ADVERTISEMENT

Even Skeptics Admit Global Warming is Real [Video]

Sure, global warming is real, said participants in a recent climate change conference, but that doesn't mean we should do anything about it. Help us edit our coverage.


The 2,500 or so scientists, economists and other experts of the U.N. Intergovernmental Panel on Climate Change (IPCC) call global warming "unequivocal" and think it "very likely" that humans have contributed to the problem. The world's governments agree with the panel, which also shared last year's Nobel Peace Prize.

Then there's the Non-Governmental International Panel on Climate Change (NIPCC). These 23 individuals from 15 countries, including a handful of scientists, disagree. Led by physicist S. Fred Singer—best known for his denial of the dangers of secondhand smoke—they argue the reverse: "Natural causes are very likely to be the dominant cause" of climate change.

The NIPCC goes on to contend: "We do not say anthropogenic greenhouse gases cannot produce some warming. Our conclusion is that the evidence shows they are not playing a significant role."

In other words, even skeptics, deniers, contrarians—pick your favorite term—agree that global warming is real, or so it appears from the recent three-day conference in New York City put together by the Heartland Institute, a bastion of free-market thinking on the perils of junk science and government economic regulation. They just disagree—even amongst themselves—whether it is man-made.

On the one side sits Patrick Michaels, the recently resigned state climatologist of Virginia who ascribes global warming to fluctuations in the sun's energy output aided and abetted by human activity. In his conference dinner address, Michaels said: "Global warming is real and people have something to do with it."

On the other side is astrophysicist Willie Soon of the Harvard–Smithsonian Center for Astrophysics in Cambridge, Mass. He lays the blame on the sun for all the agreed-on warming. And meteorologist William Gray of Colorado State University in Fort Collins believes the sun will soon reverse its effect. "We should begin to see cooling coming on," he predicts. "I'm ready to make a big financial bet."

If you are interested in seeing a contrarian in action, here is your chance:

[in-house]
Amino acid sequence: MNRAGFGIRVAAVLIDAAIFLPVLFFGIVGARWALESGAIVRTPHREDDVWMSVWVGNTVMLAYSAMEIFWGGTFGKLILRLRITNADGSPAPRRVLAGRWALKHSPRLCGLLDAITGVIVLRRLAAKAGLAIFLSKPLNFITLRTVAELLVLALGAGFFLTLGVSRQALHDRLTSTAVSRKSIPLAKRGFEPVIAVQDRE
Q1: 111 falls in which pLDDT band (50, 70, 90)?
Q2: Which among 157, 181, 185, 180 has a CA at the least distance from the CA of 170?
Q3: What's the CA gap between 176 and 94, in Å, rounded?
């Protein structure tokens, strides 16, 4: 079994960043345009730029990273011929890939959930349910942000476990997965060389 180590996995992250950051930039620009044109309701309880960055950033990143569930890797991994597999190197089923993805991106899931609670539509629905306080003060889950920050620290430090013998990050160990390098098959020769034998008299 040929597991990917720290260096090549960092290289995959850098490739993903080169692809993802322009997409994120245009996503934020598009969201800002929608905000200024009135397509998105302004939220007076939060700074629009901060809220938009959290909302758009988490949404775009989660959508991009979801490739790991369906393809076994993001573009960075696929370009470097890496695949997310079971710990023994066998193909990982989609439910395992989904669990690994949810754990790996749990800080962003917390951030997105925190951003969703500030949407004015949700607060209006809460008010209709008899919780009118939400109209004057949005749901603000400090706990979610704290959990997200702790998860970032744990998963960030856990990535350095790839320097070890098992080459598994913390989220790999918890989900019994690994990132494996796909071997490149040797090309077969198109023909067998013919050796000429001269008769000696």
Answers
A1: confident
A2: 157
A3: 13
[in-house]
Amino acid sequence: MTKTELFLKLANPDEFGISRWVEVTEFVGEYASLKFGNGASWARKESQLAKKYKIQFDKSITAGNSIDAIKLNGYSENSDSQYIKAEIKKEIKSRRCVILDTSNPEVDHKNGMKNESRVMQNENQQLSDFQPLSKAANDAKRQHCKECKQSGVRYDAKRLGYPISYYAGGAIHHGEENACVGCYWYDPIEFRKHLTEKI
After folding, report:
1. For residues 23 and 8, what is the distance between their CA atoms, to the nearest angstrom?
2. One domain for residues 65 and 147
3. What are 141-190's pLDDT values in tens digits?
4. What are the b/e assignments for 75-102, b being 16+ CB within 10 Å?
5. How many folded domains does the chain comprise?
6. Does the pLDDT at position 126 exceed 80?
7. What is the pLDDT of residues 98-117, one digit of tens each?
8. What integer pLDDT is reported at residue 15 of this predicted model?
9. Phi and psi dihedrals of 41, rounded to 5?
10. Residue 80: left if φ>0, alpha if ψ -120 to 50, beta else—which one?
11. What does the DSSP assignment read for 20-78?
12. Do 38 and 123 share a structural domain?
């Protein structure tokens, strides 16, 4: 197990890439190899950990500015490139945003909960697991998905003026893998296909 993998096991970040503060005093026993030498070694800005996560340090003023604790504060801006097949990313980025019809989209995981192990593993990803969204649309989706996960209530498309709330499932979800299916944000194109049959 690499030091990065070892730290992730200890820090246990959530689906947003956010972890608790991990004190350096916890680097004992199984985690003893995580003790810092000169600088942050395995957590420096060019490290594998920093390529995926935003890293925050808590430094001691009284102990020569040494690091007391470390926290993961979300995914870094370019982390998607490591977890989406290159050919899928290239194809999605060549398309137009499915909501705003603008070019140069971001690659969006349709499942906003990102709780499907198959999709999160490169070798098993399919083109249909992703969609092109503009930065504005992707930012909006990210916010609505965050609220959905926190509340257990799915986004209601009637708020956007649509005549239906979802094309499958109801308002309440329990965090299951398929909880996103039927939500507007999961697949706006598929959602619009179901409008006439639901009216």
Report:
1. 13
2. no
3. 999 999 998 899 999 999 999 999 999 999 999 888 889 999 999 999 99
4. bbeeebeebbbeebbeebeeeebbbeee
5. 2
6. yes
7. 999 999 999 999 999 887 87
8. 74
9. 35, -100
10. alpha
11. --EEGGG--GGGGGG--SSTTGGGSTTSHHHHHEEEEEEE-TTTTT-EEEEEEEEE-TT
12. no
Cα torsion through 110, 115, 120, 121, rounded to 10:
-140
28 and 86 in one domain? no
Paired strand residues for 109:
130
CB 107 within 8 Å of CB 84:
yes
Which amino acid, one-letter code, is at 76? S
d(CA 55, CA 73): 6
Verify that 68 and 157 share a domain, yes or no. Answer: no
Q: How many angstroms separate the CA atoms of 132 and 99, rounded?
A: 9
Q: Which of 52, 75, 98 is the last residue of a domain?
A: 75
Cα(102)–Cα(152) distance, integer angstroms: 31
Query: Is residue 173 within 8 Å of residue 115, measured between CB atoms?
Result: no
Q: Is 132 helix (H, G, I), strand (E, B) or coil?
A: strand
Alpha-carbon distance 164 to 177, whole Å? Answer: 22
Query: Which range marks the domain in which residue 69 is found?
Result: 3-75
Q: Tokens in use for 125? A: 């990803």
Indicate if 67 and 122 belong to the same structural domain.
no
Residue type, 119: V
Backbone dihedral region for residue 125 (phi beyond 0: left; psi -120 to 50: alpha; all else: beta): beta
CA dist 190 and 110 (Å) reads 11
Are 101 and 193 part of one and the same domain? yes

See the president and co-founder of the Heartland Institute, Joseph Bast, explain how the science of climate change is shifting, how a little global warming would be a good thing, and the reason not to vote. (download the original)

Watch meteorologist William Gray explain hurricane prediction, the perils of computer models and the coming global cooling. (download the original)

Marc Morano, spokesman for the U.S. senator who called global warming the "greatest hoax ever played on the American people," answers the question, "Is doubt your product?" (download the original)

Watch meteorologist Roy Spencer discuss the pitfalls of scientific publishing, the climate consensus and intellectual honesty. (download the original)

See civil rights campaigner Roy Innis equate environmental regulation to racism. (download the original)

ABC reporter John Stossel speaks on what he calls the socialist media, the religion of environmentalism and scare stories. (download the original)

These are interviews, not debates, and posted essentially unedited. They have been condensed in some cases, but the point is to let you experience some of the breadth of the contrarian viewpoint and use it as you see fit. In fact, please feel free to experiment with this video: hone it, recut it, amplify it, do with it what you will.

For example, here's what John Pavlus cobbled together from other conference participants to highlight the emerging threat that polar bears pose to the American way of life and the U.S. economy.

Even for the contrarians, the main argument is no longer whether climate change is happening—in fact, their main remaining scientific function is to bolster the understanding, and dreaded modeling, of the global climate. Instead, the argument has shifted to what to do about it and, as Marc Morano, Republican communications director for the U.S. Senate Committee on Environment and Public Works, noted: there are "a lot of reasons to move beyond carbon: energy security, energy independence."

Share this Article:

Comments

You must sign in or register as a ScientificAmerican.com member to submit a comment.
Scientific American Back To School

Back to School Sale!

12 Digital Issues + 4 Years of Archive Access just $19.99

Order Now >

X

Email this Article



This function is currently unavailable

X